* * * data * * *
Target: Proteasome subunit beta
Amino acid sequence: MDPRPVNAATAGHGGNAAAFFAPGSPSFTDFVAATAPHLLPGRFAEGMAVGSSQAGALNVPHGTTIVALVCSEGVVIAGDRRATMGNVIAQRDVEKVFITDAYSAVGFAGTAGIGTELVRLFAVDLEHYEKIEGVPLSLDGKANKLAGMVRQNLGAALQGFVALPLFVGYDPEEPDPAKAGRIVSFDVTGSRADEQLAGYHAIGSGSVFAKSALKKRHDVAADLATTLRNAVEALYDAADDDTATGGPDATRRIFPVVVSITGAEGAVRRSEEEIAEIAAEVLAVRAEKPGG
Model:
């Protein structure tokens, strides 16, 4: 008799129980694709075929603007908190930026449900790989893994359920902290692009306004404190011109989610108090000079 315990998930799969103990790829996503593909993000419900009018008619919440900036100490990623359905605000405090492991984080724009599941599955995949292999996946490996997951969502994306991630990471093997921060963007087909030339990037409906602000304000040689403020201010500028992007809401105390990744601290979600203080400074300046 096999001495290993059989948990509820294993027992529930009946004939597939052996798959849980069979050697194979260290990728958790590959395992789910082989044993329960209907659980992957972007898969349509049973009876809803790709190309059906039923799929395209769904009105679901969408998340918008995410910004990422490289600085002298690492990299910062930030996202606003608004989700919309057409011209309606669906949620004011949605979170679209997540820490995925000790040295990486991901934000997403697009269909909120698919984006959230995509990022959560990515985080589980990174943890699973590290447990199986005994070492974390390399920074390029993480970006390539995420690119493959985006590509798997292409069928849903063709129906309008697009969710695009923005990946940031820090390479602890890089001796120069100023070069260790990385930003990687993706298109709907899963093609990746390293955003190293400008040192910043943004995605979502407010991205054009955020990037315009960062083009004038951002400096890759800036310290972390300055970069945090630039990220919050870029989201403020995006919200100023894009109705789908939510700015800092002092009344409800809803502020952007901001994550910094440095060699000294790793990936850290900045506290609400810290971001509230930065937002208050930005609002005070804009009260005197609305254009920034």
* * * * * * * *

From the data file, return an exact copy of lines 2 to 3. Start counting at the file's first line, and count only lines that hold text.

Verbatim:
Amino acid sequence: MDPRPVNAATAGHGGNAAAFFAPGSPSFTDFVAATAPHLLPGRFAEGMAVGSSQAGALNVPHGTTIVALVCSEGVVIAGDRRATMGNVIAQRDVEKVFITDAYSAVGFAGTAGIGTELVRLFAVDLEHYEKIEGVPLSLDGKANKLAGMVRQNLGAALQGFVALPLFVGYDPEEPDPAKAGRIVSFDVTGSRADEQLAGYHAIGSGSVFAKSALKKRHDVAADLATTLRNAVEALYDAADDDTATGGPDATRRIFPVVVSITGAEGAVRRSEEEIAEIAAEVLAVRAEKPGG
Model: